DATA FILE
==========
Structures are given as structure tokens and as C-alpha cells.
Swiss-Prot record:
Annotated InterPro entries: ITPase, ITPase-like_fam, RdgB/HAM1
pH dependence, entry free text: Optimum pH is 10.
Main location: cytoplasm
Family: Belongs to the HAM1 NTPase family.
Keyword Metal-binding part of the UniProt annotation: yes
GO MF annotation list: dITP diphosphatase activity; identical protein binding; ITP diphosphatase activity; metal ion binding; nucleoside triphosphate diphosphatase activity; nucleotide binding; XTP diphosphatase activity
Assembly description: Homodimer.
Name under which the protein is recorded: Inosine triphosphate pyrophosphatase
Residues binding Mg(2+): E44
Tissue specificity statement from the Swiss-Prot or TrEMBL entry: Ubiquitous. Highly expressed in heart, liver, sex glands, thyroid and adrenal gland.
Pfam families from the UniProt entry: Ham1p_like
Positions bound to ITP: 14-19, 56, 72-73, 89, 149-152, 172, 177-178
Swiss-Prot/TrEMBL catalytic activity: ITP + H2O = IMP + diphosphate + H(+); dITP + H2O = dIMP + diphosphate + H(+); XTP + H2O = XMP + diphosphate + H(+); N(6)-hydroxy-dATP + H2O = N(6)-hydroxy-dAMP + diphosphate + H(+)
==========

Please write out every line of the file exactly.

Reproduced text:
Structures are given as structure tokens and as C-alpha cells.
Swiss-Prot record:
Annotated InterPro entries: ITPase, ITPase-like_fam, RdgB/HAM1
pH dependence, entry free text: Optimum pH is 10.
Main location: cytoplasm
Family: Belongs to the HAM1 NTPase family.
Keyword Metal-binding part of the UniProt annotation: yes
GO MF annotation list: dITP diphosphatase activity; identical protein binding; ITP diphosphatase activity; metal ion binding; nucleoside triphosphate diphosphatase activity; nucleotide binding; XTP diphosphatase activity
Assembly description: Homodimer.
Name under which the protein is recorded: Inosine triphosphate pyrophosphatase
Residues binding Mg(2+): E44
Tissue specificity statement from the Swiss-Prot or TrEMBL entry: Ubiquitous. Highly expressed in heart, liver, sex glands, thyroid and adrenal gland.
Pfam families from the UniProt entry: Ham1p_like
Positions bound to ITP: 14-19, 56, 72-73, 89, 149-152, 172, 177-178
Swiss-Prot/TrEMBL catalytic activity: ITP + H2O = IMP + diphosphate + H(+); dITP + H2O = dIMP + diphosphate + H(+); XTP + H2O = XMP + diphosphate + H(+); N(6)-hydroxy-dATP + H2O = N(6)-hydroxy-dAMP + diphosphate + H(+)